In fact, “Cameron promised no more top-down reorganizations of the NHS,” says Leys.

Leys says the new bill will mean the loss of comprehensiveness through delisting – something the professor says is already taking place.

It is also likely the bill will pave the way for more user co-payments as cash-strapped health foundations respond to cost pressures.

Leys says that while Cameron “pretends” to exempt the NHS from cuts, the reality is more of the system funding is being siphoned off into “social care,” creating a net real cut.

The new bill also takes a cap off of the number of private patients English hospitals are allowed to take on, shifting the hospital model to focus on raising money through more private patient income.

Many doctors assumed that because their trusts are no longer answerable to the Department of Health that there would be more freedom from bureaucratic control, says Leys. Instead they are now even less free under the new private model.

While many of these shifts to market-based health care were taking place under the labour government, the UK government dramatically increased public funding to more closely resemble their peers in the rest of Europe. The results were improvements in wait times that were mistakenly attributed to increased privatization.

Leys says there are many holes in the new act, including no provision for failing hospitals.

Nor is there any approval process when a private company sells their assets to another.

The debate rages on in Britain. The Royal College of Nurses has passed a no-confidence motion in the plan, which has in turn stiffened the resistance of many of the country’s doctors, says Leys.

Given the complicity of the Labour Party in setting up these reforms, the official opposition has been noticeably muted in its criticism.

Cameron has recently told the media he would not allow private companies to cherry pick the NHS, that there would be no privatization, and that patients would experience no up front costs.

Within days of promising this, news reported that the Labour Party leader would have to pay for surgery on his nose because it was considered to be a low priority for his local health care trust.

The Ontario government has closely followed the path of health care changes in the English NHS. At present Jim Easton is touring the province speaking to groups such as the Ontario Hospital Association and the Ontario Association of Community Care Access Centres.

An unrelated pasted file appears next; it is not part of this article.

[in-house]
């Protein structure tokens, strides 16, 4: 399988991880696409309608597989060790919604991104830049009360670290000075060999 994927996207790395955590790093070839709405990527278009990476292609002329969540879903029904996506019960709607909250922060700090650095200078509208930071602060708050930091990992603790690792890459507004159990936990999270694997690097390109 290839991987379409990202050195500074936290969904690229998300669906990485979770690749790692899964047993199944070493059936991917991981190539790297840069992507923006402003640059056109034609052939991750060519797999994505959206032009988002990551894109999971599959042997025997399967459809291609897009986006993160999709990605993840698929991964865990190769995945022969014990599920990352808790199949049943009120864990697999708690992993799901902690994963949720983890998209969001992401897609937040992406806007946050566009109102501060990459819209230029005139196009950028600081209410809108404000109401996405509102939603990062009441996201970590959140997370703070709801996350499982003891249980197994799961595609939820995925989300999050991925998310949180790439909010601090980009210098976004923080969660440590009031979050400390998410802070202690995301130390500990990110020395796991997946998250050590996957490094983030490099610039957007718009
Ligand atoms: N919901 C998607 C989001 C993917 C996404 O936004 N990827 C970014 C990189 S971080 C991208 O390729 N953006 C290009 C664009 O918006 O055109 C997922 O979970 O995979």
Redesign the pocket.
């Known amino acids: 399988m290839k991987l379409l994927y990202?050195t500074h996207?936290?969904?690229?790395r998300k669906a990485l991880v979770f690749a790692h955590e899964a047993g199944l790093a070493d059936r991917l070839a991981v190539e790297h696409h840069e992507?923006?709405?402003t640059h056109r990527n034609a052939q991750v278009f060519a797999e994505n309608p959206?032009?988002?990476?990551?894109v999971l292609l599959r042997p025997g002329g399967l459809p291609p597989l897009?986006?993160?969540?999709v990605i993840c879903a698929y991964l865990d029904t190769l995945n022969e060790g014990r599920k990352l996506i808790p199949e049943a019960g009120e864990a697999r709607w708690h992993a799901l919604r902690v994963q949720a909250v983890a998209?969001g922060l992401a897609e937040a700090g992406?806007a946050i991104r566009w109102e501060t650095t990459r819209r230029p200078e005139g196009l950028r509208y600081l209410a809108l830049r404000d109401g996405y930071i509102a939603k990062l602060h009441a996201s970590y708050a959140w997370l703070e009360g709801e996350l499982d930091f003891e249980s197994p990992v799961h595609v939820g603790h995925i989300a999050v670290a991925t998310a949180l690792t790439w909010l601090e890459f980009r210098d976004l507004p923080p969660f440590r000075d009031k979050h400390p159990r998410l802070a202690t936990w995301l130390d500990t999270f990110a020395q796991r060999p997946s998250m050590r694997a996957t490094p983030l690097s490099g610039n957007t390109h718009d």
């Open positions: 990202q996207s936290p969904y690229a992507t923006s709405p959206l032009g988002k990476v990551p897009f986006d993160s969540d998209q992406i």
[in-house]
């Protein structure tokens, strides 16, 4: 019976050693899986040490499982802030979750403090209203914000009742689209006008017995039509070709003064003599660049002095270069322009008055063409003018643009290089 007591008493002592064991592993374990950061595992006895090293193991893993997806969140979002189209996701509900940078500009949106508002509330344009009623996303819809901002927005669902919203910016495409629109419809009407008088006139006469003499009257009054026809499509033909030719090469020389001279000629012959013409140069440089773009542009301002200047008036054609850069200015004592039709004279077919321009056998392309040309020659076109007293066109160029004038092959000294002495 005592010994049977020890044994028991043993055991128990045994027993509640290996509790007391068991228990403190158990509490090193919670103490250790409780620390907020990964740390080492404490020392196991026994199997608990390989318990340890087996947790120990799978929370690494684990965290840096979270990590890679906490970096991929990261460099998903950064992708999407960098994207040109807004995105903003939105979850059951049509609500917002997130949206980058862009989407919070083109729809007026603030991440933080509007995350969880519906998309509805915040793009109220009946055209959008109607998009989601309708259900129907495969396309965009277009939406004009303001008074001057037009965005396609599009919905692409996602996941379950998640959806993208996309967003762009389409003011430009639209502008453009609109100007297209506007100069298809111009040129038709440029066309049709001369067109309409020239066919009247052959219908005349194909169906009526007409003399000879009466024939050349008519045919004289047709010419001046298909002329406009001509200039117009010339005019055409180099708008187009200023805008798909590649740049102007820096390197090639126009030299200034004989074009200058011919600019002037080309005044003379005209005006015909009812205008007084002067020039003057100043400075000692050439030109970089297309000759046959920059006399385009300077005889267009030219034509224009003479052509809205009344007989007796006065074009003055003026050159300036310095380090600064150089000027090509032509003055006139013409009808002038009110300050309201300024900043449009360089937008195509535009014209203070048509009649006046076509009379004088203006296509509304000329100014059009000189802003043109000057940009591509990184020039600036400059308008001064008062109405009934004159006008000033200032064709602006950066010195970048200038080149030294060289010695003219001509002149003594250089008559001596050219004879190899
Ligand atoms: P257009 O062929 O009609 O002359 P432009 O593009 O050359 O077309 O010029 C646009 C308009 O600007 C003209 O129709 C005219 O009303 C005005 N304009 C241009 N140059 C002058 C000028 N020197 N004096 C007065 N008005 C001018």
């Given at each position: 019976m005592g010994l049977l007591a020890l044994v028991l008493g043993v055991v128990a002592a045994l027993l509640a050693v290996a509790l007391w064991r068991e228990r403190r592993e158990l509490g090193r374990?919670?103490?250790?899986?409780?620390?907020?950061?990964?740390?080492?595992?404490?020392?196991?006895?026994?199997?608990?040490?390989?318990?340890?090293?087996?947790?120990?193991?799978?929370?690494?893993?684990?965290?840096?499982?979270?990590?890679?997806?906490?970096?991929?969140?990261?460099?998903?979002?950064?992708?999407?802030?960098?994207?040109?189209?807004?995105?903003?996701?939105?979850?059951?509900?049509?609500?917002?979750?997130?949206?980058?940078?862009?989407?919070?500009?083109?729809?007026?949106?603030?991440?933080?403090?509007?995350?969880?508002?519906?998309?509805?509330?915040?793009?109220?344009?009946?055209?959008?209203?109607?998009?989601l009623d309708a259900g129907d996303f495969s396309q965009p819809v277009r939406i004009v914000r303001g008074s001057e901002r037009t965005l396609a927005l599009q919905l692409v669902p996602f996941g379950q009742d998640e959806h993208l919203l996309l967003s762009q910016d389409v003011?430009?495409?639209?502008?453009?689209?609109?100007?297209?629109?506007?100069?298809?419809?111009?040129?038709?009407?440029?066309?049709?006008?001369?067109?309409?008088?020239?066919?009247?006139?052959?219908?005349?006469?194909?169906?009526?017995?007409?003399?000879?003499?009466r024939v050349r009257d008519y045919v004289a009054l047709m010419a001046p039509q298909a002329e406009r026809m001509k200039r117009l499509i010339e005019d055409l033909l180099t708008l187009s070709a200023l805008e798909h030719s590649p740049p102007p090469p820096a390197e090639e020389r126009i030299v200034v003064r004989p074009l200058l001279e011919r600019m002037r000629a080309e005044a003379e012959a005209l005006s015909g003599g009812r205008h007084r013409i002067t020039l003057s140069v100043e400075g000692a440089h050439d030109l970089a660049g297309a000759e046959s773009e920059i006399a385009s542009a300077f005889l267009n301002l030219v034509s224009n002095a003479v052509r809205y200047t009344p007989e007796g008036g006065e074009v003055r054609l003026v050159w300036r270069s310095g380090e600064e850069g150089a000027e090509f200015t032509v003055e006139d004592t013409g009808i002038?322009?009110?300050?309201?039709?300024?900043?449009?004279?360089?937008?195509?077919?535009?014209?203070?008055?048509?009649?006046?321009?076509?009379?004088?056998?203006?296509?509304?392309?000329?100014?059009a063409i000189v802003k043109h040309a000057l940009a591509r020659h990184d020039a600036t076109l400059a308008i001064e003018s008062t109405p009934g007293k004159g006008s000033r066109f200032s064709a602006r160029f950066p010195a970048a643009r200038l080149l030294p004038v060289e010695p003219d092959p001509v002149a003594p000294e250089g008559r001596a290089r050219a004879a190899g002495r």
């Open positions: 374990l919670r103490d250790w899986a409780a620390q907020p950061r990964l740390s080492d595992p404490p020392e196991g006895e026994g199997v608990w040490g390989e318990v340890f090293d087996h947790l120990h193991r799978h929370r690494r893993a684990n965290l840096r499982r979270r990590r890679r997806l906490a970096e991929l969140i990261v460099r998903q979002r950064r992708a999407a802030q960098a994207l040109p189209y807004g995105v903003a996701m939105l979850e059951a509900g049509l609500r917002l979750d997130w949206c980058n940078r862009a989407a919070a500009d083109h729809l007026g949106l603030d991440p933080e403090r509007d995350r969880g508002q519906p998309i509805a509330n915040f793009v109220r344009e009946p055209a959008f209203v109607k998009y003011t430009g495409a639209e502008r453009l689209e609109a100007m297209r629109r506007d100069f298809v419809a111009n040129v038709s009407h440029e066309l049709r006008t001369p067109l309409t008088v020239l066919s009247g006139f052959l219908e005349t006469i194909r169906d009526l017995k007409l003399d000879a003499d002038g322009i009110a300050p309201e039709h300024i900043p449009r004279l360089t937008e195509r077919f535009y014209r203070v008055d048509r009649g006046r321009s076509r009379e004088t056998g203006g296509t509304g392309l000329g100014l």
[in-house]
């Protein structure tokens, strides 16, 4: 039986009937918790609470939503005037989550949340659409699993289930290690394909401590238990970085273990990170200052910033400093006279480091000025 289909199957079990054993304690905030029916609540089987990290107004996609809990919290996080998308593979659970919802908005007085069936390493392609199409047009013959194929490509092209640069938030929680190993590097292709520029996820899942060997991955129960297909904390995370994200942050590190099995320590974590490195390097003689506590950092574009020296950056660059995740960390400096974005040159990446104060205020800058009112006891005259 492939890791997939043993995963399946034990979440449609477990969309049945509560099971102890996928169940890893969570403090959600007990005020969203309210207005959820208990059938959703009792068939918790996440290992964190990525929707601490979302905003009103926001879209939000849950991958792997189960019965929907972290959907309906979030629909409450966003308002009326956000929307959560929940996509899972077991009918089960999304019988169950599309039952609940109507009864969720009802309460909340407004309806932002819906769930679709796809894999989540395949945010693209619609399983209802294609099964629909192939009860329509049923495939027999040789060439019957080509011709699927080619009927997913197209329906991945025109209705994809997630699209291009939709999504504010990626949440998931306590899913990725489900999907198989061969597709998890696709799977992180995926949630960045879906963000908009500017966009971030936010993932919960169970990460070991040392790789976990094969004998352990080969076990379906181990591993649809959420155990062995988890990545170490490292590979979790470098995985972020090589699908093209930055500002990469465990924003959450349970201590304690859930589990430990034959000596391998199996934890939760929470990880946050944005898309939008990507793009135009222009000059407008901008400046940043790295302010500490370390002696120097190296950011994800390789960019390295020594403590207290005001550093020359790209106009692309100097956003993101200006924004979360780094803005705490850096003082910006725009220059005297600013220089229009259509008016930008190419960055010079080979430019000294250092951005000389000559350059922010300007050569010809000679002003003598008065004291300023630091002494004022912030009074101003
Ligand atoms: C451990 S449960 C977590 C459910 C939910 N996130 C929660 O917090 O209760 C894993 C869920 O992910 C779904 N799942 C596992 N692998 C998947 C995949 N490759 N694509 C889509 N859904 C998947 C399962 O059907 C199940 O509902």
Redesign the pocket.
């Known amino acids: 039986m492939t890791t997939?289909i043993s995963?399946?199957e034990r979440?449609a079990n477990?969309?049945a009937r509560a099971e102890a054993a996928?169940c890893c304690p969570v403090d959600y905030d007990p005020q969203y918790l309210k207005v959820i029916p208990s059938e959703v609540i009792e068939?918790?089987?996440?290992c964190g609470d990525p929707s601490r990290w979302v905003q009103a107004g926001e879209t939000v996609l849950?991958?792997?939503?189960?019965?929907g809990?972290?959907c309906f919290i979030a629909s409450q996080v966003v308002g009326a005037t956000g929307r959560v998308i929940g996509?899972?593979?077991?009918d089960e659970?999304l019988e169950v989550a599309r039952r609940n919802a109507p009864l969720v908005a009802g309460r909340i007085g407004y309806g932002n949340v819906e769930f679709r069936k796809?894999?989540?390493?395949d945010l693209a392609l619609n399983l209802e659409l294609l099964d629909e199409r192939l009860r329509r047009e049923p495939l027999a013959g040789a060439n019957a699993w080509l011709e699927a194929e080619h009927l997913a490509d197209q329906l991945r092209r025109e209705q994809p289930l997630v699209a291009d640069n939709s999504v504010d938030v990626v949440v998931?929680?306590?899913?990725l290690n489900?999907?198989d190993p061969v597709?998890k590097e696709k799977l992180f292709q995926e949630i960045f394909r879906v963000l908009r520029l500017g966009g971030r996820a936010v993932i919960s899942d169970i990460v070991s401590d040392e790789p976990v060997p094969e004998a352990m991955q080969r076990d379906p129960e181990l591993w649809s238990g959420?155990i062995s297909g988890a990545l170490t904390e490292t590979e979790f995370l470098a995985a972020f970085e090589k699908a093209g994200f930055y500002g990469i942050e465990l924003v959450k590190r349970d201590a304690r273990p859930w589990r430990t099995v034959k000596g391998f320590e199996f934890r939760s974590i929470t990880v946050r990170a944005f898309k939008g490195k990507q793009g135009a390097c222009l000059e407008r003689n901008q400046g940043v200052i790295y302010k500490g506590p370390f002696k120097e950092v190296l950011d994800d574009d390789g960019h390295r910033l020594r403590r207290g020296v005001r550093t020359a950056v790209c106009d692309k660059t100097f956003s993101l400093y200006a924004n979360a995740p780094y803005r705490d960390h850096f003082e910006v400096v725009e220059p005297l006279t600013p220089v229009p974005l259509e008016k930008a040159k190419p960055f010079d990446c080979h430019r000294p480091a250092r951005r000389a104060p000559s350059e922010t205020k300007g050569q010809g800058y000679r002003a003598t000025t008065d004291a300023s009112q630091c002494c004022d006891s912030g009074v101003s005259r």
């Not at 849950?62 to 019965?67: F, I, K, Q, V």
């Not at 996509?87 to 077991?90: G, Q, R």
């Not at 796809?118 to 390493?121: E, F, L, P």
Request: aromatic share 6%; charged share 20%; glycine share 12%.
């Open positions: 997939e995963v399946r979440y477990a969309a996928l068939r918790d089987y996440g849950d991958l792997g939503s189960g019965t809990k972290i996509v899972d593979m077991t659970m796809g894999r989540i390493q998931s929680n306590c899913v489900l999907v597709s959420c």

Easton is the NHS National Director for Improvement and Efficiency. It has been his job to cut billions of pounds out of the NHS.

The timing of Easton’s tour suggests the McGuinty government is seriously considering rolling back health care costs on this side of the Atlantic too.

Given years of Ontario’s own changes to a market-oriented health system, we may be paving the way for similar reforms should Tim Hudak’s Tories come to power.

Lack of civility as opinions differ

This week OHA CEO Tom Closson wrote to a number of groups opposing the recent “hospital secrecy law” (Schedule 15 of Bill 173) that will allow the Ontario Hospitals to shield specific quality information from the public.

Given Schedule 15 had alredy been amended — presumably to the OHA’s approval — it is questionable as to the purpose of Closson’s sudden enthusiasm for letter writing. The actual amendment passed at the legislature’s finance and economic affairs committee Thursday morning.

What is most surprising from Closson’s letter-writing is his accusations that public interest groups were attempting to “grossly mislead” the public about the meaning of the Bill. The letters, all posted the OHA’s website, manage to insult the community organizations in a way we haven’t quite seen before.

He says Cybil Sack (Impatient4Change) “took significant liberties with the facts…while also making derogatory comments about hospitals, their leaders, and the professionals who work in them.” He further writes “it is apparent from your note that you believe the people who work in hospitals spend their days devising new ways to stifle public debate.”

To many of the organizations – including the Ontario Health Coalition, the Registered Nurses Association and the Service Employees International Union, he says he is writing to “rebut the grossly inaccurate claims.” He finishes all the letters with “on an issue as important as Ontarians’ health and safety, the “facts optional” approach your organization has taken to date is simply irresponsible. Ontarians deserve better.”

If these submissions were full of factual errors and misleading commentary, one might understand. Closson’s rebuttals fail to point out much in the way of factual error, but instead revisits the OHA’s original argumentation around the need for the schedule and takes issue with some of the intervenor’s interpretation of the role of the Quality of Care Information Act.

To suggest on this basis that anybody is trying to “grossly mislead” is a bit much. It also calls into question the OHA’s attitude towards public engagement.

By any interpretation, the government has opened the door to hospital transparency, and closed it to a degree with this amendment to the Freedom of Information and Protection of Privacy legislation. That’s a fact.

Closson is not the only one getting in on the act of incivility.

Georgina Thompson, Chair of the South East LHIN, recently told the media that prior to the LHIN’s recent Road Map plan, hospitals “talked to each other but they didn’t play together in the sandbox well.”

We could be wrong, but some hospitals may take umbrage to their characterization as children who got straightened out by the LHIN.

It’s been a long cold and wet spring. Here’s hoping that with a bit of better weather we can all go back to debating health care policy without this kind of nasty rancour.

Oh, and Tom – no need to reply.